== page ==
And yet the course of
true love does not run quite as smoothly as one would under the circumstances
A reference to Shakespeare's A Midsummer Night's Dream: "The
course of true love never did run smooth."
…there was thrust out an evil yellow face, a terrible animal
face, all seamed and scored with vile passions.
Like Dr. Mortimer, Watson apparently believes that there is a criminal
"type"—a throwback to a less evolved human being who is closer to
our animal origins.
Late nineteenth-century criminology focused on the vain hope that criminals
could be recognized by certain physical traits. Cesare Lombroso (1835-1909),
Italian scientist, first developed his theory of the "born," or "atavistic,"
criminal in 1872. Lombroso believed that this type of criminal was a throwback
to an earlier stage of evolution—the Neanderthal—both physically
and psychologically, and therefore lacked an ethical sense. The criminal's
face and body were marked by what Lombroso called "stigmata."
Other researchers often had trouble reproducing Lombroso's results, probably
because his methods were slipshod. In The Female Offender Lombroso
complains that no one but he could find 33 "criminal anomalies" in the
dimensions of the skull of Charlotte Corday, murderer of Marat.
Through the years, Lombroso tried to modify his
theory to go beyond biology by taking account of environmental, social,
and psychological factors; however, his work remained flawed by his preconceptions
of what criminality meant. He defined criminals as people who were already
in jail, and never compared them to the general population in order to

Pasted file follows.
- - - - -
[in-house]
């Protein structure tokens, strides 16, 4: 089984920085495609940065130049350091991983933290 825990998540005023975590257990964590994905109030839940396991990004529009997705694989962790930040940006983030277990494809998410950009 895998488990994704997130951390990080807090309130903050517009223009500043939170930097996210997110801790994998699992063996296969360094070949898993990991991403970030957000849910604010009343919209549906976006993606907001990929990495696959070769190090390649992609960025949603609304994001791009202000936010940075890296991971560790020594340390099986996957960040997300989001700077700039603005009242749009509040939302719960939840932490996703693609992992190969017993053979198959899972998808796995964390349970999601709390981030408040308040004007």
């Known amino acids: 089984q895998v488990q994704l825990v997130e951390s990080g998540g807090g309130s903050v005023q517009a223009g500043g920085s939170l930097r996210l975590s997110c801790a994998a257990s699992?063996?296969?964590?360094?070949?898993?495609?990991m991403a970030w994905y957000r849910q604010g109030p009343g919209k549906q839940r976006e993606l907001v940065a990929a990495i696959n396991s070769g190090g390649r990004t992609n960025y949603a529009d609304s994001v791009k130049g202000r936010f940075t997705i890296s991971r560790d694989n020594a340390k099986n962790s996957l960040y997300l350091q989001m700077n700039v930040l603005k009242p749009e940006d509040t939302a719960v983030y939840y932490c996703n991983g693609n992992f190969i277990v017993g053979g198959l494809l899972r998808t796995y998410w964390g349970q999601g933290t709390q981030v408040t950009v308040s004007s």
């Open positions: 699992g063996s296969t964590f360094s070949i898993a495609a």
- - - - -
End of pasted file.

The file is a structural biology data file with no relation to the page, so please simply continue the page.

test his theory. His writings had a great influence on the American criminal
justice system, but today are no longer taken seriously, except as a historical
curiosity. Towards the end of his life, Lombroso—like Conan Doyle—became
an ardent spiritualist.
measurements of the skulls of female criminals and prostitutes
of Charlotte Corday
The idea that criminals possess a low forehead and other "primitive" physical
characteristics was influenced heavily by phrenology and anthropometry.
Such ideas also surfaced in the literature of the time.
"He is not easy to describe.
There is something wrong with his appearance, something displeasing,
something downright detestable. I never saw a man I so disliked, and
yet I scarce know why. He must be deformed somewhere…."
—from a description of Mr. Hyde (The Strange Case of Dr. Jekyll
and Mr. Hyde by Robert Louis Stevenson, 1886)
story, Mr. Hyde is Dr. Jekyll's atavistic self
I caught one glimpse of
his short, squat, strongly-built figure as he sprang to his feet and turned
to run. At the same moment by a lucky chance the moon broke through the
clouds. We rushed over the brow of the hill, and there was our man running
with great speed down the other side, springing over the stones in his
way with the activity of a mountain goat.
Selden's atavism has advantages—he is able to outrun his more "civilized"
A lucky long shot of my revolver might have crippled him, but
I had brought it only to defend myself if attacked, and not to shoot an
unarmed man who was running away.
Like Conan Doyle himself, Watson follows a chivalric code of honor, even
when it does not work to his advantage. Watson often brings his "service
revolver" on cases at Homes's request, but he hardly ever fires it.